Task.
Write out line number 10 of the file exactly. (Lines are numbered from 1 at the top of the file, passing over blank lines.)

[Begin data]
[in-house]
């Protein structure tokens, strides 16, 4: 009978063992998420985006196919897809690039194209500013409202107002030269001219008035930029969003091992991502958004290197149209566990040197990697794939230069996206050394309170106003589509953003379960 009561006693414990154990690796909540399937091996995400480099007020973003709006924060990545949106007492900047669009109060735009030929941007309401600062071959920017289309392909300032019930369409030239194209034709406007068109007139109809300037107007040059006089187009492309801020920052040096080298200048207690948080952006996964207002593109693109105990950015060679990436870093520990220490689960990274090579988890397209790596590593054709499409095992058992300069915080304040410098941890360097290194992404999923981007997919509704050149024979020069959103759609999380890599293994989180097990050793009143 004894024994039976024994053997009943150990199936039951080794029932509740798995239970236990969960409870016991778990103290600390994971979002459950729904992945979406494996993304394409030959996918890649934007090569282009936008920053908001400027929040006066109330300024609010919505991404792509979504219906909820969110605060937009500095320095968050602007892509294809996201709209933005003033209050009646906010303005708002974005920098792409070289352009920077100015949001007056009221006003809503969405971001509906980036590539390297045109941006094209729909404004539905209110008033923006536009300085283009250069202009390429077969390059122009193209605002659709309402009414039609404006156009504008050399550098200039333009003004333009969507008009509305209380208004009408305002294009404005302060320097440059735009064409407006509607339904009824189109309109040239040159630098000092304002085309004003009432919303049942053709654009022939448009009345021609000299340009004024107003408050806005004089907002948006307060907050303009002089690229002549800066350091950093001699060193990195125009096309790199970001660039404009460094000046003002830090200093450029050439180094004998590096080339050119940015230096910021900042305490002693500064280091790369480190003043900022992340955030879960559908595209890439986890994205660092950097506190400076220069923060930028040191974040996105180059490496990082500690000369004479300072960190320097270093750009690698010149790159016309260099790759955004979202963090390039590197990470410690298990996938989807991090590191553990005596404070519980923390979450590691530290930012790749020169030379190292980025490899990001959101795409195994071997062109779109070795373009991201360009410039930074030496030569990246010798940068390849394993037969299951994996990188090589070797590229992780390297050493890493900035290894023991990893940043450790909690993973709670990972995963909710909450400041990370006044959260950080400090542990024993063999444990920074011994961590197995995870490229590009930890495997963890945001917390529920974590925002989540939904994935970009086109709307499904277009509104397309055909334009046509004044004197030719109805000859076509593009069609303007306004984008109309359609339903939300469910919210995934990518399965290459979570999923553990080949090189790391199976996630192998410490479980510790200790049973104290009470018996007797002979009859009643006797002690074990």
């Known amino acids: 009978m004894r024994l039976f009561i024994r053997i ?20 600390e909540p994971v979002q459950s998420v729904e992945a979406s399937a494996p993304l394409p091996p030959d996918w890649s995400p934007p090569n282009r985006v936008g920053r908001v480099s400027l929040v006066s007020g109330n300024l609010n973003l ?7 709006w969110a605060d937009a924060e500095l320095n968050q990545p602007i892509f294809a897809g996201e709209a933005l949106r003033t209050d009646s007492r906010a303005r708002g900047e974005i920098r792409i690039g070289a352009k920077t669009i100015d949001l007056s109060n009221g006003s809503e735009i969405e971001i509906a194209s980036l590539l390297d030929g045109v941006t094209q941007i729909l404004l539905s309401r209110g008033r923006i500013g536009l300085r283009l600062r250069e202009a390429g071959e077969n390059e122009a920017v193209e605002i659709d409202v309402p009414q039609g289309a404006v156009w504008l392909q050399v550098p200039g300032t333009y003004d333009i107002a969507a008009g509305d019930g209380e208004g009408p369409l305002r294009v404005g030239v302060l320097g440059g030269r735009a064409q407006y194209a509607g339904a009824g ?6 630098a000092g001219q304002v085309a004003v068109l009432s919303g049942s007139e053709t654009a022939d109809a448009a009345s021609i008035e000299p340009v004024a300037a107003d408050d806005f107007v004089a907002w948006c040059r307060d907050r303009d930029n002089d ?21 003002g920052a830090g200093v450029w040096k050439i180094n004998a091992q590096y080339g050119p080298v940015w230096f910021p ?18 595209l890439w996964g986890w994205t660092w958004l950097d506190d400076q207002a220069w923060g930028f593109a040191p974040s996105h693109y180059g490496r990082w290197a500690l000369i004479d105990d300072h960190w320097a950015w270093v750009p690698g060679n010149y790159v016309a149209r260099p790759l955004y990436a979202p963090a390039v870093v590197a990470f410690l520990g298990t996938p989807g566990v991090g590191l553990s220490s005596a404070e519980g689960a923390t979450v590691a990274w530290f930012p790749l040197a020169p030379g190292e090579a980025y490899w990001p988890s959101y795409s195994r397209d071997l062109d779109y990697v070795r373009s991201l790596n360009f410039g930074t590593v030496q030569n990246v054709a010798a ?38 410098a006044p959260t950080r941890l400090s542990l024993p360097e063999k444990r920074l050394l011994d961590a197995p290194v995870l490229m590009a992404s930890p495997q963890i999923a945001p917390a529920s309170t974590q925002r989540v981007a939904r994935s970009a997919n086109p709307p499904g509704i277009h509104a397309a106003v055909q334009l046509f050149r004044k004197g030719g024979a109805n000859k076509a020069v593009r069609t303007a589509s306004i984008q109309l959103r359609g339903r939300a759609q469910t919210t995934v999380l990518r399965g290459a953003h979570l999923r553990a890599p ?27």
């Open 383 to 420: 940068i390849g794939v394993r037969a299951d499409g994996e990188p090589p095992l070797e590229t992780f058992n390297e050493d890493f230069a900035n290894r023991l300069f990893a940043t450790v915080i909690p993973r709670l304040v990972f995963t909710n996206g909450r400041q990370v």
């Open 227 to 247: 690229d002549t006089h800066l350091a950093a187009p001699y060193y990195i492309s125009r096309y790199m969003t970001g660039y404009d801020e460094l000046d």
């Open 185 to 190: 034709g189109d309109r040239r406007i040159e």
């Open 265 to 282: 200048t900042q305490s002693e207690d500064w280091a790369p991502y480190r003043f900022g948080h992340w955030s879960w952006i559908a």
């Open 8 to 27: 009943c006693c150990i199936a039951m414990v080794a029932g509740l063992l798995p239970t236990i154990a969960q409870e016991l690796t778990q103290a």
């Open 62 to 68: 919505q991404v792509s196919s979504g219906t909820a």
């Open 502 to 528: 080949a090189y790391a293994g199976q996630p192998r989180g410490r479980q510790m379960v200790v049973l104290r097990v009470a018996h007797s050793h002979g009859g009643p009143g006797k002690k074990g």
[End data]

């Open 502 to 528: 080949a090189y790391a293994g199976q996630p192998r989180g410490r479980q510790m379960v200790v049973l104290r097990v009470a018996h007797s050793h002979g009859g009643p009143g006797k002690k074990g």